Joel, back in the day.  At 260 lbs Joel’s only slightly heavier than each of his two dogs, at 240 and 205. He also says his neck is at its ‘smallest and weakest.’

Joel has a heck of a story to tell. His experience in the Iron Game goes way back to the early days of Nautilus and owning his own gym for over forty years. His strength has always been legendary.

Here’s his inspirational story of overcoming illness and bouncing back at the young age of 68.   Pete



My name is Joel Waldman. I am a member of Pete’s website. I am a 68 year old male.

In June of 2016 I had a heart transplant at the Mayo Clinic in Jax, Florida…it both saved my life and allowed me to be born again (no reference to religion). It has been an interesting journey to say the least.

Blood Disorder

I was born with a blood disorder known as hyperlipidemia. Before any real physical symptoms manifested at about age 60,  I had cholesterol levels of 350 to 600 most of my adult life no matter what dietary intervention I tried…from vegan, to Fuhrman, to Atkins, to paleo/evolutionary.

My triglycerides were actually good…usually under 80 and I had no diabetes…but i had that insane cholesterol. There were no statin drugs back then and when they became available I refused to take them as I was certain my exercise and diet and supplements would “save” me from the doom most medical authorities predicted.

 

Doing a 1,000 lb Trap Pull in 1994.

 

I competed in a variety of strength sports from football, to hammer throw, to shot to competitive powerlifting and bodybuilding and carried less than 12% body fat at 265 lbs at a height of 6’2″ most of my adult life. I even was a 1 handicap golfer for awhile and won the 2000 RE/MAX New Jersey senior division long drive three years after bilateral hip replacement. It seemed I could handle just about anything that life sent at me!

But at about age 60 I began to notice that formerly easy tasks winded me…carrying heavy groceries up stairs, walking up more than two flights of stair, needing more rest between sets of an exercise, always needing a golf cart, hot weather golf etc.

I had frequent heartburn with exertion as well as needing to sleep with several pillows…eventually even with the pillows I would fall asleep and wake up breathless as if I forgot to breathe while sleeping(all the symptoms of congestive heart failure). Some nights I would need to sleep in a chair…and still got poor or no sleep.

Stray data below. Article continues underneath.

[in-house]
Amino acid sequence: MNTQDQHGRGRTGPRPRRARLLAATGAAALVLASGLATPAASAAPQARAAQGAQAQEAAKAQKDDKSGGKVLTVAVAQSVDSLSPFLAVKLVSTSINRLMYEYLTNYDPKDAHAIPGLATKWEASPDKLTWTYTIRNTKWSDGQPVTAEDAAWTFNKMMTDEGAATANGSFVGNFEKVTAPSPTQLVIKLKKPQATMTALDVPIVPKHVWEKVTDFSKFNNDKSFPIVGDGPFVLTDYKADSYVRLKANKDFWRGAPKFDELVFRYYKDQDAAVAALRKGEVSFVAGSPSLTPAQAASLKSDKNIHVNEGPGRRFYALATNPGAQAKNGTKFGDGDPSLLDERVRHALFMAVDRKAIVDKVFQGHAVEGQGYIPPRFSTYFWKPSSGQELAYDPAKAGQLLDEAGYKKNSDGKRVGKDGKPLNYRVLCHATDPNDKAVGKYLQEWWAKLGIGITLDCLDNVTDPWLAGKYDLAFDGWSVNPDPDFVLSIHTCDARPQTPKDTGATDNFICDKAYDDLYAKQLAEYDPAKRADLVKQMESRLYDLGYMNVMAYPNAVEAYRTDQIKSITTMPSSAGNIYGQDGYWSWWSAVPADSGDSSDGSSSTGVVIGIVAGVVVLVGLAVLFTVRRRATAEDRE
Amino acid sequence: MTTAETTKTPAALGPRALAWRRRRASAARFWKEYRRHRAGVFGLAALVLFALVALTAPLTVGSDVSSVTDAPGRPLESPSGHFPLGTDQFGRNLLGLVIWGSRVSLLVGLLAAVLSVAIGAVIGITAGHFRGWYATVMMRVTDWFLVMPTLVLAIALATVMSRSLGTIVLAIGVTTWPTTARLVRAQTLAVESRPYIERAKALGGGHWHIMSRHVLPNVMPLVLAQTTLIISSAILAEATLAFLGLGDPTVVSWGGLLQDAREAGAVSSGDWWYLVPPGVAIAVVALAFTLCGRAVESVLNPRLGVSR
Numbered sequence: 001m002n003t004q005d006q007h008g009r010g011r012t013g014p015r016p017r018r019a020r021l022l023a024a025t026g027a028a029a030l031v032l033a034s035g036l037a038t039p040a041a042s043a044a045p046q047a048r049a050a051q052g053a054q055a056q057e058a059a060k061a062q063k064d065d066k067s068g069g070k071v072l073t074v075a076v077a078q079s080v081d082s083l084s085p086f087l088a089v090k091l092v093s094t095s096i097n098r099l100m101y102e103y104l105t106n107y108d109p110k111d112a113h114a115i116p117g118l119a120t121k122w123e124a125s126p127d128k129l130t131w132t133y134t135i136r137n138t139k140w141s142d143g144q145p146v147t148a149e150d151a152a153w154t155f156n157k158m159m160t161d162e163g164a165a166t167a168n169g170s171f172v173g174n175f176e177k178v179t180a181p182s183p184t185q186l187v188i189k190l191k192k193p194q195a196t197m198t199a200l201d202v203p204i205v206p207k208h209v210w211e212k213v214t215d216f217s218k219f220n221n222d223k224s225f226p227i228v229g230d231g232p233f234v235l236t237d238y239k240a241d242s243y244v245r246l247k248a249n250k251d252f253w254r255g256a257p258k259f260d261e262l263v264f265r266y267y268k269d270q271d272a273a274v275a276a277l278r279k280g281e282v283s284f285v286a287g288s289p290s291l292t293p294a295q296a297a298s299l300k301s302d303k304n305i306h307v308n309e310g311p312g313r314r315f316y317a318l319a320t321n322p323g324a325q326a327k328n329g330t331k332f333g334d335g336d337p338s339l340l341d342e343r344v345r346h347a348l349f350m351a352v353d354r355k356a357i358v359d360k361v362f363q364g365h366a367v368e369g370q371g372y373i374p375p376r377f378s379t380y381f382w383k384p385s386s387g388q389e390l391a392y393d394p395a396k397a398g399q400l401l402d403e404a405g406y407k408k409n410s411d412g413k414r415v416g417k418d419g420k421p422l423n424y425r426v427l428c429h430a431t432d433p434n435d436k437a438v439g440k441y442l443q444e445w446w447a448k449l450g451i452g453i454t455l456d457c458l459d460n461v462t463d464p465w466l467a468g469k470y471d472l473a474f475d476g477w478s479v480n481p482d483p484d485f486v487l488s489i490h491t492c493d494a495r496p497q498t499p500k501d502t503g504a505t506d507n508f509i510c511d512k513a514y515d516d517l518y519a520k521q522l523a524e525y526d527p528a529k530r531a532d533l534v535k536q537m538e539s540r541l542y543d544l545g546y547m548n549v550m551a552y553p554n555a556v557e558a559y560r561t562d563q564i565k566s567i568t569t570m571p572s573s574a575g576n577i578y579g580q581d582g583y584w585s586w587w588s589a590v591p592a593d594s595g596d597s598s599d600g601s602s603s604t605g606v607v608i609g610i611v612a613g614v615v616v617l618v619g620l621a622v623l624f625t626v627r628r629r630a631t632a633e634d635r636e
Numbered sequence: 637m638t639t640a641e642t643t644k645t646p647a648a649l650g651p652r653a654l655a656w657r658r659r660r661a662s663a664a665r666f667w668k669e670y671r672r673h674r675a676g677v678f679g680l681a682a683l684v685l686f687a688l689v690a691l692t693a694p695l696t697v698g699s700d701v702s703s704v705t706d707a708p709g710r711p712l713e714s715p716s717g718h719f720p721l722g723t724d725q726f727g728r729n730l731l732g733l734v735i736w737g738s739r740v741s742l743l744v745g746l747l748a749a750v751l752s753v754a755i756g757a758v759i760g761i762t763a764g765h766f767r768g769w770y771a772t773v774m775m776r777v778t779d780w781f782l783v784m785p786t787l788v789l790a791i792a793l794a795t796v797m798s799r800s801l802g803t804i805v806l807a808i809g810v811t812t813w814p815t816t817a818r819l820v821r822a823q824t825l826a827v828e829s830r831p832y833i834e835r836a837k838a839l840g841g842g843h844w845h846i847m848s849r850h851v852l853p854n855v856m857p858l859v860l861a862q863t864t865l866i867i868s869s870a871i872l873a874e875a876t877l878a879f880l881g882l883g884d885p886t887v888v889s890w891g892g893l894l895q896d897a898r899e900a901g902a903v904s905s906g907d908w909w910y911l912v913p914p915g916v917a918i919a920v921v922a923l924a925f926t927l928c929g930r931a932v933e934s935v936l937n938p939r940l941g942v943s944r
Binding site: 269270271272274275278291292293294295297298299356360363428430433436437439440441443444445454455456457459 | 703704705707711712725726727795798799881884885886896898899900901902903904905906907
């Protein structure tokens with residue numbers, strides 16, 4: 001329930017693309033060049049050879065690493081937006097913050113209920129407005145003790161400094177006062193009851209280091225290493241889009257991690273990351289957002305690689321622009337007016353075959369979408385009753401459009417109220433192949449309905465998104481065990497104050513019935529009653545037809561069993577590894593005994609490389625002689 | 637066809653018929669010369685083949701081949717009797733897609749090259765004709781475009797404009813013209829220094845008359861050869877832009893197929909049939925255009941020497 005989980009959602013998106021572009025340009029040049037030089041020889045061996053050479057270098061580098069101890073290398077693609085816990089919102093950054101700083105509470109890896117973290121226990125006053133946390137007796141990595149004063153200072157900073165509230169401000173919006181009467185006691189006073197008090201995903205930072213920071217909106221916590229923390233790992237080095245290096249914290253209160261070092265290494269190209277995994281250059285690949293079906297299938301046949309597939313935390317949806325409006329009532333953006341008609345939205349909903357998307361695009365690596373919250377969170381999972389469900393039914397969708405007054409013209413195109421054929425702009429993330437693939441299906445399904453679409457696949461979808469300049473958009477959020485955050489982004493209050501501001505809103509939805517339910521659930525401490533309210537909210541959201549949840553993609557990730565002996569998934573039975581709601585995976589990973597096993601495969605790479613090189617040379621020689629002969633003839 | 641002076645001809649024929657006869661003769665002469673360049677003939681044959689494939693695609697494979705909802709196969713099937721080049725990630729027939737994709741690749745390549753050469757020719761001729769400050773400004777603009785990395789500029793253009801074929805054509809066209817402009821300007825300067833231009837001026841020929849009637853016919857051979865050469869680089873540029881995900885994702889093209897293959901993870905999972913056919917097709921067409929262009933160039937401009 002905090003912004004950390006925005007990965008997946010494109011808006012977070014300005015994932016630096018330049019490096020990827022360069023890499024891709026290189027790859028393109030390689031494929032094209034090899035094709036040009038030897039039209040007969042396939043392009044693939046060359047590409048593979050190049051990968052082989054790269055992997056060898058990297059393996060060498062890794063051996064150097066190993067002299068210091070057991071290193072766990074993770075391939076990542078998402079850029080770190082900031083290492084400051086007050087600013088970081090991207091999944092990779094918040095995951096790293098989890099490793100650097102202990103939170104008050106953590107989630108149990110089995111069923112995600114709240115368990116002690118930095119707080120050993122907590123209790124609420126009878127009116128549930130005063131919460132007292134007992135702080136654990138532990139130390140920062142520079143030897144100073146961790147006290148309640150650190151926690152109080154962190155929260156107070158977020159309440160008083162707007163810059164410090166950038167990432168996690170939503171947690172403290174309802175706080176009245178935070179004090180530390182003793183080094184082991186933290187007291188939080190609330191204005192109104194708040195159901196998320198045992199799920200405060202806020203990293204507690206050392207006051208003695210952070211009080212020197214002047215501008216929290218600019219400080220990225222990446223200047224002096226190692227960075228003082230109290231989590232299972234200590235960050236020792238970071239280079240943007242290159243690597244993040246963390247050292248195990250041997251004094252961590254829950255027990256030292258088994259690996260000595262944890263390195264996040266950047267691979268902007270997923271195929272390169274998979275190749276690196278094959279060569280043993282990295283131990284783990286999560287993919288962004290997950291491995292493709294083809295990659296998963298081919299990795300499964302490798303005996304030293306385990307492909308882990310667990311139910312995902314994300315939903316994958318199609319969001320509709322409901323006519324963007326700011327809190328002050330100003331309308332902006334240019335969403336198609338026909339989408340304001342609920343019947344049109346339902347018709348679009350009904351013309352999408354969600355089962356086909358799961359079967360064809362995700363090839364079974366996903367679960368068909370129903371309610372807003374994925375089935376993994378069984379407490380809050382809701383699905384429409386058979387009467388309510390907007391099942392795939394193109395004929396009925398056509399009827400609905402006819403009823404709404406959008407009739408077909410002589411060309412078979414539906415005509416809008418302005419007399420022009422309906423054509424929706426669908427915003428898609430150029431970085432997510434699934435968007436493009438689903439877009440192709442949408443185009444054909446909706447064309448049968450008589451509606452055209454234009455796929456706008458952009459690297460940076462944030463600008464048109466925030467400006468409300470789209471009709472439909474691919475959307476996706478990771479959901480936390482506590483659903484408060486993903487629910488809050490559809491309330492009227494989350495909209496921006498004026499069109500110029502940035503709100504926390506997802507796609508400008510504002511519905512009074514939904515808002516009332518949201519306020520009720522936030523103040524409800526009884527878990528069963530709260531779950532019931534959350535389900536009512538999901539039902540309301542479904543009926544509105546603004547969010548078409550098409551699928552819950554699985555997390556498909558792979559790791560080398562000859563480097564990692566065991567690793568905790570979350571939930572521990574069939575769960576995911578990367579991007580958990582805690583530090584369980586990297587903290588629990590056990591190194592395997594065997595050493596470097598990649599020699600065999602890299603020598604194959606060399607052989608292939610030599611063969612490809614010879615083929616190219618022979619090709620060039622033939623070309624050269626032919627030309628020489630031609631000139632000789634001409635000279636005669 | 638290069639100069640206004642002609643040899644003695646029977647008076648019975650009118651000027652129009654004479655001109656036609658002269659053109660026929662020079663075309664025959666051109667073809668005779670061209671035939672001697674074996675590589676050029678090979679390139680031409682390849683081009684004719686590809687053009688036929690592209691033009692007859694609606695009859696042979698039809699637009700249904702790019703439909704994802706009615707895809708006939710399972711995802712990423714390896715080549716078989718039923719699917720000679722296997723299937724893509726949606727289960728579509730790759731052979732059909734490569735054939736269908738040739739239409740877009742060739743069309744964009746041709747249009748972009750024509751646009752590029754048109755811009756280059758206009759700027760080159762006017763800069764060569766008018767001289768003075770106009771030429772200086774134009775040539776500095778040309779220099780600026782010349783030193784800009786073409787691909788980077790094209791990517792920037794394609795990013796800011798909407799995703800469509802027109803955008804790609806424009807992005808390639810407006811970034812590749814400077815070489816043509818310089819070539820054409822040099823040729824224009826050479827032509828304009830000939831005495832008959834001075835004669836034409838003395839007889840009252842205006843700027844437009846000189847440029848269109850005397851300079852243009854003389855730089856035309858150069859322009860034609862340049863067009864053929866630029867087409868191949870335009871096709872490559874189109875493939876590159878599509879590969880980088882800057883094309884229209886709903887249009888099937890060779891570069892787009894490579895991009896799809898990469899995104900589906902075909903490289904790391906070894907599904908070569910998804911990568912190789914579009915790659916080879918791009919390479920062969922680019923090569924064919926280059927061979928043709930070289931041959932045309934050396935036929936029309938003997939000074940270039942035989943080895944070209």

A little over two years ago I was in the middle of this decline and I decided to move to Florida and retire…fortunately I was comfortable enough financially to allow this so I shut down my fitness center of 43 years and my wife and I moved to Palm Coast, Florida…we bought a beautiful house…added a 2000 sq ft gym, had a great pool and right behind the pool was the 4th tee of a Nancy Lopez golf course…perfect right?…wrong…I was now too sick to play even the four hole loop…it was torture to have everything I had always dreamed about but was not healthy enough to enjoy.  Did I go to the doctor? No!  Can you spell Denial…Stubborn…Self-destructive?

Age: 61  Weight: 260  Just before heart failure symptoms fully manifested.

Heart Transplant

Finally my wife saved me…on Feb 9, 2015 she dragged me kicking and protesting to the ER at Mayo…for just a quick assessment…that lasted three weeks during which time I died twice…my kidneys failed…my ejection fraction was 7% and the doctors told my wife to get my children here immediately…they described my condition as extremely grave.

Somehow with a great medical team and my family’s love and my stubbornness I got through that crisis and was on dialysis for six weeks as an outpatient during which time my kidney function returned to adequate and my EF got up to 25%. I saw my transplant doctors every 1-2 weeks as they adjusted my medications and tried to get me a bit more healthy. I came off dialysis but walked around with blood pressures of 90/65 frequently which isn’t much fun.